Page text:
January 23, 2020

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Footbridge clearers take matters into their own hands

JOHN WOODS / WINNIPEG FREE PRESS</p><p>Brad Hignell and another resident shovelled the ice from a pedestrian bridge that crosses Omand’s Creek after the City of Winnipeg closed it to pedestrians.</p></p>

JOHN WOODS / WINNIPEG FREE PRESS

Brad Hignell and another resident shovelled the ice from a pedestrian bridge that crosses Omand’s Creek after the City of Winnipeg closed it to pedestrians.

The pedestrian bridge over Omand's Creek in Wolseley has been cleared of ice and reopened by a pair of self-appointed public works engineers, without the city's approval.

The City of Winnipeg had recently blocked off the footbridge, a key link in the active-transportation system that links Wolseley to River Heights and Assiniboine Park, citing hazardous ice after an unusual late fall flood. The bridge was due to remain closed until late spring.

But on Sunday, the bright orange signage and safety fencing at both ends of the bridge had been removed. Neighbourhood resident Brad Hignell contacted the Free Press to say he and a friend had cleared the bridge on Saturday morning.

"We met down there with a couple of picks and bars and shovels and a bucket of gravel, and it took us about three hours to chip away the ice and throw it over the edge, and to spread a bit of gravel so it wasn't slippery," said Hignell.

The pair also removed the city's signage and fencing and piled it nearby, he added.

Is Hignell worried about conflict with the city?

The footbridge over Omand's Creek in a Wolseley park was cleared of ice on the weekend. The city had said it would remain closed until the spring because its workers couldn't clear the ice. So some citizens took matter into their own hands and removed the hazardous ice themselves. Solomon Israel / Winnipeg Free Press</p>

The footbridge over Omand's Creek in a Wolseley park was cleared of ice on the weekend. The city had said it would remain closed until the spring because its workers couldn't clear the ice. So some citizens took matter into their own hands and removed the hazardous ice themselves. Solomon Israel / Winnipeg Free Press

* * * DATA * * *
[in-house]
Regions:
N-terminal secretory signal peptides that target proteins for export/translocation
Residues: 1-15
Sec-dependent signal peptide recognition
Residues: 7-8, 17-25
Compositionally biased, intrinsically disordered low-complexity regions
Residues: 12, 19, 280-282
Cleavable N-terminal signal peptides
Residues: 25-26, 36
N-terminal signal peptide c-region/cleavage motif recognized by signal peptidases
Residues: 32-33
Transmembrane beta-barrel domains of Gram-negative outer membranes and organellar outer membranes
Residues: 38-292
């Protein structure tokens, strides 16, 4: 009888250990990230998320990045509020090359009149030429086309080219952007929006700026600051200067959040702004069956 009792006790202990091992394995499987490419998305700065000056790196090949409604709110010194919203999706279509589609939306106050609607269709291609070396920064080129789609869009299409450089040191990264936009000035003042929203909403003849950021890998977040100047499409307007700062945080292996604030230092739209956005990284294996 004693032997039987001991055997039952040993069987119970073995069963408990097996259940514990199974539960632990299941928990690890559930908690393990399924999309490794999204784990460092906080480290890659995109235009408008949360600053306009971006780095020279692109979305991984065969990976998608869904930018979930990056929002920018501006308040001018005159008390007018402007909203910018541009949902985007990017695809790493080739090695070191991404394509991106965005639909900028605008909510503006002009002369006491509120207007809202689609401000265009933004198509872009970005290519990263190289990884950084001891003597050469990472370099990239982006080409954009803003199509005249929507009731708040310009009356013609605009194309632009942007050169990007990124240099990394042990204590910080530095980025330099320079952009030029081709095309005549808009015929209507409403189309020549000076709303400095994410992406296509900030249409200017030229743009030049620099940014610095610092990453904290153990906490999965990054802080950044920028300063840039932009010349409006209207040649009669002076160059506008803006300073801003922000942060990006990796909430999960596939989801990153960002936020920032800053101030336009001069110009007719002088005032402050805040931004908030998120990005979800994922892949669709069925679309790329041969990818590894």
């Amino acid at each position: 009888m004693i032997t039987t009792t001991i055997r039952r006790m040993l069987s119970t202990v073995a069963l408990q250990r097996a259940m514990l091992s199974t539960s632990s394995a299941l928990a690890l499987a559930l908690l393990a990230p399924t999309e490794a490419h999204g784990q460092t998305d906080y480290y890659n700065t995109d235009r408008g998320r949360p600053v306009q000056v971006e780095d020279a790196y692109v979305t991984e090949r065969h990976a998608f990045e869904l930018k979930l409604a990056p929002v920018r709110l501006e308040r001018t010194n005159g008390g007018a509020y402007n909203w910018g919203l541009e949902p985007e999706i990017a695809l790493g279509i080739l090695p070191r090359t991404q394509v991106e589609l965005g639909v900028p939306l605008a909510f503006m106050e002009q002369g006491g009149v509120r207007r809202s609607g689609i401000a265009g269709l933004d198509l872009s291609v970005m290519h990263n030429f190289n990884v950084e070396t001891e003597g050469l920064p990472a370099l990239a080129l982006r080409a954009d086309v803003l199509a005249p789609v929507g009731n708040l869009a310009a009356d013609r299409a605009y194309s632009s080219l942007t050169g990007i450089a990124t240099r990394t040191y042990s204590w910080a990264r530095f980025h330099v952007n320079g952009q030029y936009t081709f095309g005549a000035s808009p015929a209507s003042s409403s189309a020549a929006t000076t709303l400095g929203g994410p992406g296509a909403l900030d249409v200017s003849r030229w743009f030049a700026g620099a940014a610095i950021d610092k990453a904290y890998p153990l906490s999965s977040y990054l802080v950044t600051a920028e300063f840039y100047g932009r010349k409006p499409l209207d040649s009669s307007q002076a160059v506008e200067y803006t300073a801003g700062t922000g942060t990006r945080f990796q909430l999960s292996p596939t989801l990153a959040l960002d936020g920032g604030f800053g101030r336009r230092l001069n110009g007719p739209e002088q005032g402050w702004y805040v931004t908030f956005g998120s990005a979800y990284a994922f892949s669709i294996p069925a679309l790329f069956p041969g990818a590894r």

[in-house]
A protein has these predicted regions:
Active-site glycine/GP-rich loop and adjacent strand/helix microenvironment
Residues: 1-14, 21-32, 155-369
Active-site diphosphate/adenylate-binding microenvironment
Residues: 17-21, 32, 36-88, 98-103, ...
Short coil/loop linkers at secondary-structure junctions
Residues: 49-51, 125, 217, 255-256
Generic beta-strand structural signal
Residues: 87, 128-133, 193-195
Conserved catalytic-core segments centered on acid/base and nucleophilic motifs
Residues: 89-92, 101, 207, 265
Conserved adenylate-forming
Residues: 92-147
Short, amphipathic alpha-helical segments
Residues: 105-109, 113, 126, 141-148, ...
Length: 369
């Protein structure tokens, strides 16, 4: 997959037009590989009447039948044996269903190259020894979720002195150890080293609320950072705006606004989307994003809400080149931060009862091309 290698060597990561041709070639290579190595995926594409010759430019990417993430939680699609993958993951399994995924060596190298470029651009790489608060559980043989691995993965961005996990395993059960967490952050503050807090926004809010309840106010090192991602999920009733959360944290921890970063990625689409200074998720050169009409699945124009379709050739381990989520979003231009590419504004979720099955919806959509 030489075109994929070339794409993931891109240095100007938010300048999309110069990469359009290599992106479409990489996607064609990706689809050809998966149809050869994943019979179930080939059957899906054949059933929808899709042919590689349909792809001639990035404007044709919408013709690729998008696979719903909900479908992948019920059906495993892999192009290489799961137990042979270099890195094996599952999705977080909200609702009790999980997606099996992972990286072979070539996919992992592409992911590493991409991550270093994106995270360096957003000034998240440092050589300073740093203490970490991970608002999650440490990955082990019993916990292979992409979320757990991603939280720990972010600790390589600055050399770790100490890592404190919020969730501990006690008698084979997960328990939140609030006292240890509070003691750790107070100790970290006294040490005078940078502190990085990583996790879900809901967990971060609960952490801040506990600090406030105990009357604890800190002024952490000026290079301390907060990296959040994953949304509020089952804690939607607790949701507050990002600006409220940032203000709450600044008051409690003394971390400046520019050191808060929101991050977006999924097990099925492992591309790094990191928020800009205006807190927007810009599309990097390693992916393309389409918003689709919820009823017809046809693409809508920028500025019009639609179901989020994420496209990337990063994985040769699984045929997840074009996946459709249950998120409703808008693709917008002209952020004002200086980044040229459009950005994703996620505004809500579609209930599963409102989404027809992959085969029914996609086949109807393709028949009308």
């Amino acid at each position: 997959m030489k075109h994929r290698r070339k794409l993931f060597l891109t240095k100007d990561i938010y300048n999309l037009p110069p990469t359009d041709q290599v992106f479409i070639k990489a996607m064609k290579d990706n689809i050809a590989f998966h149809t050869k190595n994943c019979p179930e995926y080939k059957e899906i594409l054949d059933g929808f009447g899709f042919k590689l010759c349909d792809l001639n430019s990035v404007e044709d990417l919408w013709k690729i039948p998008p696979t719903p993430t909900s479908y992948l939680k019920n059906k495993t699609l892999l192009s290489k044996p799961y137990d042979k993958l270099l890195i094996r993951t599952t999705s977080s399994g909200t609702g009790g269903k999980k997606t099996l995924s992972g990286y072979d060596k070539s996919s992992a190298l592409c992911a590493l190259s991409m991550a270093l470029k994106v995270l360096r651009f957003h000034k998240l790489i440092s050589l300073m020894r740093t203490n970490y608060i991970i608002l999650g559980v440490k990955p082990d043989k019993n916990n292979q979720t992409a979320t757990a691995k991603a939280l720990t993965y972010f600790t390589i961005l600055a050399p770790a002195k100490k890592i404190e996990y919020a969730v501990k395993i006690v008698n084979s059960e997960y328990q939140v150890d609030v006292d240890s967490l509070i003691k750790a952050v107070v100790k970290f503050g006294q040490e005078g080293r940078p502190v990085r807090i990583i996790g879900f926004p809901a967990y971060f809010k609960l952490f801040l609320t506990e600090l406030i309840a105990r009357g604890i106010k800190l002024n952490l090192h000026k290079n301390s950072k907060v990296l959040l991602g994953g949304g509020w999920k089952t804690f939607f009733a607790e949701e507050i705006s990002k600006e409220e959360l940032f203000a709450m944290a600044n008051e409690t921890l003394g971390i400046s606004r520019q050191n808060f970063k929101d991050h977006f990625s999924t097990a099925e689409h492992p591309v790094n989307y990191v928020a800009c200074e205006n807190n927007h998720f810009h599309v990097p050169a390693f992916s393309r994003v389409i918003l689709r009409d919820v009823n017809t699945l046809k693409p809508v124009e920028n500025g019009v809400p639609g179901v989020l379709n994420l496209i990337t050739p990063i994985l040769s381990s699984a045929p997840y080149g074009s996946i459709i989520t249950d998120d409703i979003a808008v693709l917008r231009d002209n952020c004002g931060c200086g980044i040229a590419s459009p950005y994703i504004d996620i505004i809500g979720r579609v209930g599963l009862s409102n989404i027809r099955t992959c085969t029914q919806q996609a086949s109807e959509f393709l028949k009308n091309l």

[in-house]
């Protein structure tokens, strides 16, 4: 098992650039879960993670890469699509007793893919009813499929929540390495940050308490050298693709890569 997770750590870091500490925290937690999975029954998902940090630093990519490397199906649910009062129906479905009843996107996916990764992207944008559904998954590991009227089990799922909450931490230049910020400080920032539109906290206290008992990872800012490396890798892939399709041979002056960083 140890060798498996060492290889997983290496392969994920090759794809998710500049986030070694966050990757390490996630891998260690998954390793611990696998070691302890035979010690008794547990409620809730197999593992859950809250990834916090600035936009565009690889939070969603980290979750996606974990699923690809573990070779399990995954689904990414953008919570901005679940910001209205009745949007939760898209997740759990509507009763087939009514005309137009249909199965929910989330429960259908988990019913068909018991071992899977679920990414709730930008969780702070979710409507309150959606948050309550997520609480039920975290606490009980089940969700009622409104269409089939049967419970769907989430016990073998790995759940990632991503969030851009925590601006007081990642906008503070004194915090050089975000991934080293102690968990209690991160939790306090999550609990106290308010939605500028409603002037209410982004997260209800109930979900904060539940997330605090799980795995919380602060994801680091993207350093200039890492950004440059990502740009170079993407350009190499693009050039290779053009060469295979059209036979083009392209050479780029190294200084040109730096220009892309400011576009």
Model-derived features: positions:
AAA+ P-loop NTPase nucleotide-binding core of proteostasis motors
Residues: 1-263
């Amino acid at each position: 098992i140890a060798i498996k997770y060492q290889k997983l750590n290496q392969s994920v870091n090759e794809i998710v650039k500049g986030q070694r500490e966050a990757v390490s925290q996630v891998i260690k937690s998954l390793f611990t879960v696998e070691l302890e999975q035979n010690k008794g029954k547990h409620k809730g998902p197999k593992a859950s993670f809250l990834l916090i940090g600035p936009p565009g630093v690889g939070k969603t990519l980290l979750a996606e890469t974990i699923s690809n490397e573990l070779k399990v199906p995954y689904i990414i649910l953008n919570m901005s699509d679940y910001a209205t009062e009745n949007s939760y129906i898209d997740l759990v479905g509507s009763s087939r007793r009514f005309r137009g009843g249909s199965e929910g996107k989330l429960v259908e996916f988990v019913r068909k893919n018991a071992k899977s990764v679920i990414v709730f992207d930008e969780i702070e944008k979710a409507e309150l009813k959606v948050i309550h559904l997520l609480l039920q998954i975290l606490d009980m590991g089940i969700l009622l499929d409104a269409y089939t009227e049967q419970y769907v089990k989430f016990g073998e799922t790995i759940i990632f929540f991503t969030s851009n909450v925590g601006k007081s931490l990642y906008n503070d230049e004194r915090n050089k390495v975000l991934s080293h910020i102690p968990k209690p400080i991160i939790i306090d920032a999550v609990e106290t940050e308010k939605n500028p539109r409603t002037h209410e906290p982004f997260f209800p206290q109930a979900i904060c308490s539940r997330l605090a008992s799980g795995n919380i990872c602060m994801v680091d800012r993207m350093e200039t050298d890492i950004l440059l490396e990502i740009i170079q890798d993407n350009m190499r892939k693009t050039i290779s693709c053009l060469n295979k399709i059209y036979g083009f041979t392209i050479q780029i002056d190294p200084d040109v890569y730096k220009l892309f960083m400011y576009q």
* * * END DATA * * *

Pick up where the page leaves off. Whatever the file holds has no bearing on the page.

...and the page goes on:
"That's a hill I'm willing to die on," he said.

"It's just asinine bureaucracy. The two of us fixed the problem in three hours, the city took a week and couldn't solve it. Both of us have been to school for engineering, and think that the bridge is probably in good shape physically and whatnot. It's a concrete pedestrian bridge, I don't think it's damaged or unsafe from having a bit of ice on it."

Hignell continued: "So I think that they were just too lazy and too cheap to fix the problem properly, and I'm left wondering why my taxes keep going up and why I'm not getting very good service for them."

A City of Winnipeg spokesperson confirmed the city wasn't involved in clearing the bridge at Omand's Creek.

"While we understand the community’s frustration, we want to stress the importance of respecting all city closures, signage and barricades," wrote the spokesperson on Sunday.

"As we do not know the means, methods or tools used to clear the bridge and pathways, we will be attending to inspect the structural integrity of the bridge and safety of the adjacent area."

solomon.israel@freepress.mb.ca  

@sol_israel

Solomon Israel

Solomon Israel
Reporter

Solomon Israel is a full-time reporter for the Winnipeg Free Press and for two years, the lead writer for Free Press cannabis news site, The Leaf News. He continues to provide coverage of the cannabis beat while covering business in the city and province.

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History

Updated on Sunday, December 15, 2019 at 4:33 PM CST: Adds details

December 16, 2019 at 6:01 AM: Adds photo

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